The schools and school systems that have saved the most money for students with OpenStax free textbooks:
(School, savings; #of students participating in OpenStax program)
1. University System of Georgia, $3.5 million; 35,942 students
2. California State University System, $2.1 million,; 21,655 students
3. Florida College System, $1.9 million; 19,689 students
4. University of Texas System, $1.5 million; 15,466 students
5. University System of Ohio, $1.1 million;, 10,785 students
6. BC campus (British Columbia, Canada), $1 million; 10,242 students
7. Illinois Community College Board, $845,139; 8,574 students
8. Virginia Community College System, $833,015; 8,451 students
9. Tarrant County College District (Fort Worth, Texas), $825,326; 8,373 students
10. University System of Maryland, $760,763; 7,718 students
Efforts to cut college costs are paying off for Georgia students.
Students in Georgia’s public University System saved the most money of any school or school system on textbooks last year through an open publishing program known as OpenStax, a Rice University-based publisher.
The savings information released this week by Rice shows that the almost 36,000 University System of Georgia students participating in the textbook program saved more than $3.5 million during the 2015-2016 school year.
OpenStax uses grants from nonprofit groups such as the Gates Foundation to publish textbooks in about 20 subject areas including biology, economics, and algebra that are popular on college campuses. The books are free for students online, and hard copies can be purchased at a much lower cost than traditional books.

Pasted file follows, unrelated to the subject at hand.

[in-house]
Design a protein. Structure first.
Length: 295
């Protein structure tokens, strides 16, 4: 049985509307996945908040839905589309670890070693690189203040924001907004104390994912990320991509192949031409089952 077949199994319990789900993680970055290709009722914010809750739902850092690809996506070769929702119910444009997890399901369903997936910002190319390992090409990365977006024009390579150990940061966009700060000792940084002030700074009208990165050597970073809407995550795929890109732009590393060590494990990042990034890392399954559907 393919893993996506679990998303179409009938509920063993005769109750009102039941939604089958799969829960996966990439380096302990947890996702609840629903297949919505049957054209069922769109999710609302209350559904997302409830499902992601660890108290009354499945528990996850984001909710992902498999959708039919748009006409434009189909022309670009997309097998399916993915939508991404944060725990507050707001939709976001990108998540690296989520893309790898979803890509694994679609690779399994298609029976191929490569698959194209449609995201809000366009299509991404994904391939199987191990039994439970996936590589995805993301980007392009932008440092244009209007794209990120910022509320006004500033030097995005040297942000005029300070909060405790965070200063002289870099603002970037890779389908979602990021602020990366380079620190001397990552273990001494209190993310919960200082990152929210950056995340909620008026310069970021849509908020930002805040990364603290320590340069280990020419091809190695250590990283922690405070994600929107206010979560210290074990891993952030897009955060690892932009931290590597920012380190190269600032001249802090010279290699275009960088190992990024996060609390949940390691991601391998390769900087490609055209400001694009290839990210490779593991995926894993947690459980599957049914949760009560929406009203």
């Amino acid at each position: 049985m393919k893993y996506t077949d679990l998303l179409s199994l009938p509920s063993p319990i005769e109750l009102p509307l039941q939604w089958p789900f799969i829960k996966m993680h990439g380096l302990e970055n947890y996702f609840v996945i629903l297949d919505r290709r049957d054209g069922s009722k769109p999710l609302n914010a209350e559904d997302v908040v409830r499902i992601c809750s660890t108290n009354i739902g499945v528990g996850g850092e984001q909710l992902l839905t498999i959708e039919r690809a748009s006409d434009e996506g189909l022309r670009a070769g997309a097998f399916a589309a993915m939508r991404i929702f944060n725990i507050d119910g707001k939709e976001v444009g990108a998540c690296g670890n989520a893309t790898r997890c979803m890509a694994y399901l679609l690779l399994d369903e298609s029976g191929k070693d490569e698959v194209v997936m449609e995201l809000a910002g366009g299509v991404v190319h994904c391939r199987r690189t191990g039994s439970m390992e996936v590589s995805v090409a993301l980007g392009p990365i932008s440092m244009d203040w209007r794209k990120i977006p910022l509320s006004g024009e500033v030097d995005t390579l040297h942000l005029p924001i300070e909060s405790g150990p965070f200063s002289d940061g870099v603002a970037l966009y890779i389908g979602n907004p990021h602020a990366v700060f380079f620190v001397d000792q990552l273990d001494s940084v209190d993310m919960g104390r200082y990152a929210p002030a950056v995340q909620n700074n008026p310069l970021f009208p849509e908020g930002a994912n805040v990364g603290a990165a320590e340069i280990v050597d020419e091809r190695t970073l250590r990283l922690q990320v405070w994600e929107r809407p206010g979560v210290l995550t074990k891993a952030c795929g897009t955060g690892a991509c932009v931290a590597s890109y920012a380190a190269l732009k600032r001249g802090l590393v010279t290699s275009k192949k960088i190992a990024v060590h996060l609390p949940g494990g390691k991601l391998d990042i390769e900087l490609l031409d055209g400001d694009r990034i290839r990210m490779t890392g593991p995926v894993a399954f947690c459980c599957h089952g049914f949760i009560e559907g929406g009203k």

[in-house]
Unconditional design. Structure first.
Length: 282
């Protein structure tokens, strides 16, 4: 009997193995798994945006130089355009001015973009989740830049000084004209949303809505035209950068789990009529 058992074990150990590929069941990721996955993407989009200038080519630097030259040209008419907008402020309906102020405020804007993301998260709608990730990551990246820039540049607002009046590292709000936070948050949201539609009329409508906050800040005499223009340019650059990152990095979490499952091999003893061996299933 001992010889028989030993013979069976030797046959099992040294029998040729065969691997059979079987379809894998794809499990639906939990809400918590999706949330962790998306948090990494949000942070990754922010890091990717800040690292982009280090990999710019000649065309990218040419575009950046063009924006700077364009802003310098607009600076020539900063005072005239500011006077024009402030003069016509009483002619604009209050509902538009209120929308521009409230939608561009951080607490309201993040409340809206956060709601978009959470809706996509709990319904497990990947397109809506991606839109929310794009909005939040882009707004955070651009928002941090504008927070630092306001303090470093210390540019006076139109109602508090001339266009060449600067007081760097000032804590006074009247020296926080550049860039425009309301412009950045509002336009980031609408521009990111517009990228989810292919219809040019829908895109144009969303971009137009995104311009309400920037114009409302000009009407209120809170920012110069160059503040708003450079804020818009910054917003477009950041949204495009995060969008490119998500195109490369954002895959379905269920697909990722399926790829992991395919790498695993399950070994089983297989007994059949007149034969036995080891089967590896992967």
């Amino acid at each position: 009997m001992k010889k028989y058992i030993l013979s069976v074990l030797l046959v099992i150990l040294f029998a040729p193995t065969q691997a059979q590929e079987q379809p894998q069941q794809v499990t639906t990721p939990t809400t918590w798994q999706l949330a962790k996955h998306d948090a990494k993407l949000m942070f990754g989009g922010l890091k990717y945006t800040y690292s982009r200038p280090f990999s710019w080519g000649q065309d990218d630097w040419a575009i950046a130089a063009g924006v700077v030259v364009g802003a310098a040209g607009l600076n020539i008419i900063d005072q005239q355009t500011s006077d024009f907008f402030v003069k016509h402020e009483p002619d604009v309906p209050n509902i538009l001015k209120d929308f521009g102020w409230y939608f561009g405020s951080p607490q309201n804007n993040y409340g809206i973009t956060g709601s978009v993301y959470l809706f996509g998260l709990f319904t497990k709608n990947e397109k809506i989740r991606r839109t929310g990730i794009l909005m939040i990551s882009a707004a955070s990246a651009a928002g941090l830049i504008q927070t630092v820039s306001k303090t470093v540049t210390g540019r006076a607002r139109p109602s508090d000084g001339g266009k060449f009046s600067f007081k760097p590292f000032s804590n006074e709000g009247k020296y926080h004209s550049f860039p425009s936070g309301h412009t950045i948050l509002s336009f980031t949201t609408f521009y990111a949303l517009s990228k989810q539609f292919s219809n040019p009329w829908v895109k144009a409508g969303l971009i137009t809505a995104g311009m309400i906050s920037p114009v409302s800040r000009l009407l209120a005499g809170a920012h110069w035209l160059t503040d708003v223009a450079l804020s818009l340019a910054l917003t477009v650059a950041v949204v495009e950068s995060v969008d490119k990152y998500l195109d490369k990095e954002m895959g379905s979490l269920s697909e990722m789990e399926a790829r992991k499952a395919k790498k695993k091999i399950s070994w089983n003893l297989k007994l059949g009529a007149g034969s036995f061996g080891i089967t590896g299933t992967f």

A report earlier this year from Student Public Interest Research Groups found that the price of college textbooks has increased by 73 percent, or more than four times the rate of inflation, over the past decade. And, individual textbooks often cost over $200, sometimes as high as $400. The College Board estimates students will spend about $1,200 a year on college textbooks and supplies.
More than 2,000 college systems and schools have adopted OpenStax textbooks, which are used by about 686,300 students across the country. Since 2012, OpenStax has saved college students more than $68 million, including $42 million in savings last year.
Georgia has strong leadership support for open education, said Daniel Williamson, OpenStax’s managing director, in a press release. “They are focused on improving student access to high-quality learning resources and ensuring that their students have the tools to succeed in class.”
OpenStax is part of the University System’s “Affordable Learning Georgia” initiative to cut college costs by providing affordable textbook alternatives and open-source materials. The initiative aims to eventually save students $66 million through OpenStax and $100 million each year through combined open-source programs.